Hotel Cyberspying
Several security researchers have uncovered a sophisticated industrial espionage campaign that targets business executives in luxury hotels across Asia once they sign on to computers using in-room wireless connections they consider private and secure.

The attacks, which go well beyond typical cyber-criminal operations, have claimed thousands of victims dating back to 2009 and continue to do so, Kaspersky Lab, the world's largest private security firm, shows in a report published a few months ago.

Executives from the auto, outsourced manufacturing, cosmetic and chemical industries have been hit, the security firm said. Others targeted include military services and contractors.

In 2012, the FBI issued a general warning to U.S. government officials, businessmen and academics, advising them to use caution when updating computer software via hotel Internet connections when traveling abroad.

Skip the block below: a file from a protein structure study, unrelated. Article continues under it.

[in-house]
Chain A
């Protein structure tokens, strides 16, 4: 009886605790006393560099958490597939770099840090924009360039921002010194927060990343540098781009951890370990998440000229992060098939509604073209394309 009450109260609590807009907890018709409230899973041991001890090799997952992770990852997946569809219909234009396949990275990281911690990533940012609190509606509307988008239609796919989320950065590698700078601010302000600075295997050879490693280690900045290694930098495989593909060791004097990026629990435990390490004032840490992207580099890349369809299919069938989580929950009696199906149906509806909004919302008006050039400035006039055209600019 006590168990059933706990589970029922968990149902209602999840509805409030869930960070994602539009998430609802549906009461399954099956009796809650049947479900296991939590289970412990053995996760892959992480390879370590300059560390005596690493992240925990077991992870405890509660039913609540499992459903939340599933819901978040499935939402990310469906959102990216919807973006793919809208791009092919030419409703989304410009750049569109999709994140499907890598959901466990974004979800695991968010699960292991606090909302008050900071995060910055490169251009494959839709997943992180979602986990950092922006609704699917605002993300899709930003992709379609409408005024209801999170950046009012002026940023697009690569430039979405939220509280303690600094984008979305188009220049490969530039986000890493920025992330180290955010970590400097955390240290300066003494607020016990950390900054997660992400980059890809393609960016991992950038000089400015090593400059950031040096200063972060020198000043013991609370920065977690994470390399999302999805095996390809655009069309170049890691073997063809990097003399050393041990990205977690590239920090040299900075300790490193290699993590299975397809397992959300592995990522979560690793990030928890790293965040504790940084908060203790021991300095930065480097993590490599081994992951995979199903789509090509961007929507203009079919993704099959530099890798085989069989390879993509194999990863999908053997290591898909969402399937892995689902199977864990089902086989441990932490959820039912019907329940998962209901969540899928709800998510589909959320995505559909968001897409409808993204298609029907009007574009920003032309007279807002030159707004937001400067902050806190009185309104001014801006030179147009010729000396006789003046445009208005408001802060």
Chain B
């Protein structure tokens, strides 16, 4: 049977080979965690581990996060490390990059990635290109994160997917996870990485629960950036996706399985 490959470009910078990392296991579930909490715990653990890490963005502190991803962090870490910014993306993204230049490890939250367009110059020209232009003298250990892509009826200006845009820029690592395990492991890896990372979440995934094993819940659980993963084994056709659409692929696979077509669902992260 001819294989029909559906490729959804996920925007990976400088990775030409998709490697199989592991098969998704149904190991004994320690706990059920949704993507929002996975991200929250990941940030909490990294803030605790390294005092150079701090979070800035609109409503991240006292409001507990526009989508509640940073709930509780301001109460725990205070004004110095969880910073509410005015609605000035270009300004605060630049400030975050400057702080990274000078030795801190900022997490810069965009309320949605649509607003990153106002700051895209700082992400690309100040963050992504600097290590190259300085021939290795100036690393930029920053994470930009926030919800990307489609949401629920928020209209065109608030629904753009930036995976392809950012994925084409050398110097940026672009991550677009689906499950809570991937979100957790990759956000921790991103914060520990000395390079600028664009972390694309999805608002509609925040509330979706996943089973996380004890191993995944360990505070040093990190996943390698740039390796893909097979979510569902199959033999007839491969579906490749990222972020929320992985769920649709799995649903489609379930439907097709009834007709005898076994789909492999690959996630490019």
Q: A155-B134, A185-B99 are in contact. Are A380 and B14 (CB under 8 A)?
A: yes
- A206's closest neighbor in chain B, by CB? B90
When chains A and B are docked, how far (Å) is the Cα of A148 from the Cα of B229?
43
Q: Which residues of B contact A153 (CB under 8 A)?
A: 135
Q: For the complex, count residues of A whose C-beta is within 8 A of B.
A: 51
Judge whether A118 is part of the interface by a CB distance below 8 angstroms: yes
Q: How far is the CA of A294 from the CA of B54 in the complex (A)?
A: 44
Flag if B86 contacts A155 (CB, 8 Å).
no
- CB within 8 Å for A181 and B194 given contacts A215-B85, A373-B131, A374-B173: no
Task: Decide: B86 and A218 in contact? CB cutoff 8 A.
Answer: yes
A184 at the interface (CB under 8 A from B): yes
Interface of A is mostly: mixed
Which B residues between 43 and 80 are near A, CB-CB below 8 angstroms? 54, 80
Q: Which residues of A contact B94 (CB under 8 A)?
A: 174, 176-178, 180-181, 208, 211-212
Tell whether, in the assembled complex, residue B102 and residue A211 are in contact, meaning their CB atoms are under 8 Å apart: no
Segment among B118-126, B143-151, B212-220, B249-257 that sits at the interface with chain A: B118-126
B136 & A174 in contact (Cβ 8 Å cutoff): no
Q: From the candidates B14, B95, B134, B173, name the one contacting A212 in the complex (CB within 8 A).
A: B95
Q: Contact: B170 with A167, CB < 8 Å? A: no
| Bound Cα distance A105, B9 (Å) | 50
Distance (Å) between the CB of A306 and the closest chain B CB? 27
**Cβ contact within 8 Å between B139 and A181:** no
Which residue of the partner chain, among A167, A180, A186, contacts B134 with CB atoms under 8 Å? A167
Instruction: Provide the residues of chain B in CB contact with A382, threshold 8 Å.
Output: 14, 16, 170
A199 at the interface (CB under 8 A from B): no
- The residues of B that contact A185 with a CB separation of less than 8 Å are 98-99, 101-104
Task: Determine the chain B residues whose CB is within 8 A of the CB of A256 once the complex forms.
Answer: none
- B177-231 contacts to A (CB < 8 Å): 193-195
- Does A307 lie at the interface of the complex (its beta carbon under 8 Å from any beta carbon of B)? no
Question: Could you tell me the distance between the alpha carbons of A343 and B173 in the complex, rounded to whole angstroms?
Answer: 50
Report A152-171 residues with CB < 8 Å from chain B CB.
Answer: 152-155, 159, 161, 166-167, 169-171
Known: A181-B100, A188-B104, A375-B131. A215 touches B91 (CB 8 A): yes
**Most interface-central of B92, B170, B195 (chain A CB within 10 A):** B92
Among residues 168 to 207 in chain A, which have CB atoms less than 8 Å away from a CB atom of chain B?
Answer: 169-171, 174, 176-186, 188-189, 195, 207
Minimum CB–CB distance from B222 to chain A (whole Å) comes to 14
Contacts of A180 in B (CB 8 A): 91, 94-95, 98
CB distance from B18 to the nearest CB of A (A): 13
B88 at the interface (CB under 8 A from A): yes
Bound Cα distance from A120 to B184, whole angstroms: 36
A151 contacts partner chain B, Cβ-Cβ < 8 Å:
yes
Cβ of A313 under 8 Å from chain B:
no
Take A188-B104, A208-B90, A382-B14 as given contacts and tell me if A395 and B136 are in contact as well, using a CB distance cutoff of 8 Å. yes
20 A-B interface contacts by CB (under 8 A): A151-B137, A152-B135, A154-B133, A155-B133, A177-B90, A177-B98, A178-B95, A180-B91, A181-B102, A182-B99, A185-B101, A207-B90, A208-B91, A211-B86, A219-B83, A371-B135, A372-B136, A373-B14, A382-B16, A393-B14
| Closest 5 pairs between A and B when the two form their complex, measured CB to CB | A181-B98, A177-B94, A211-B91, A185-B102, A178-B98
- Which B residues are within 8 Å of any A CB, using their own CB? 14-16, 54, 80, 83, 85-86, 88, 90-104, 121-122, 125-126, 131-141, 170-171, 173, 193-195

Kaspersky's report goes further in detailing the scale, methods and precise targeting of these attacks on top business travelers.

The movements of executives appear to be tracked as they travel, allowing attackers to pounce once a victim logs on to a hotel Wi-Fi network. Hackers cover their tracks by deleting these tools off hotel networks afterward.

"These attackers are going after a very specific set of individuals who should be very aware of the value of their information and be taking strong measures to protect it," said Kurt Baumgartner, principal security researcher for Kaspersky, the world's largest privately held cybersecurity firm.

Unsuspecting executives who submit their room number and surname while logging on to their hotel room's wireless network are tricked into downloading an update to legitimate software such as Adobe Flash, Google Toolbar or Microsoft Messenger, Kaspersky said. Because attacks happen at sign-on, encrypted communications set up later offer no defense against attack.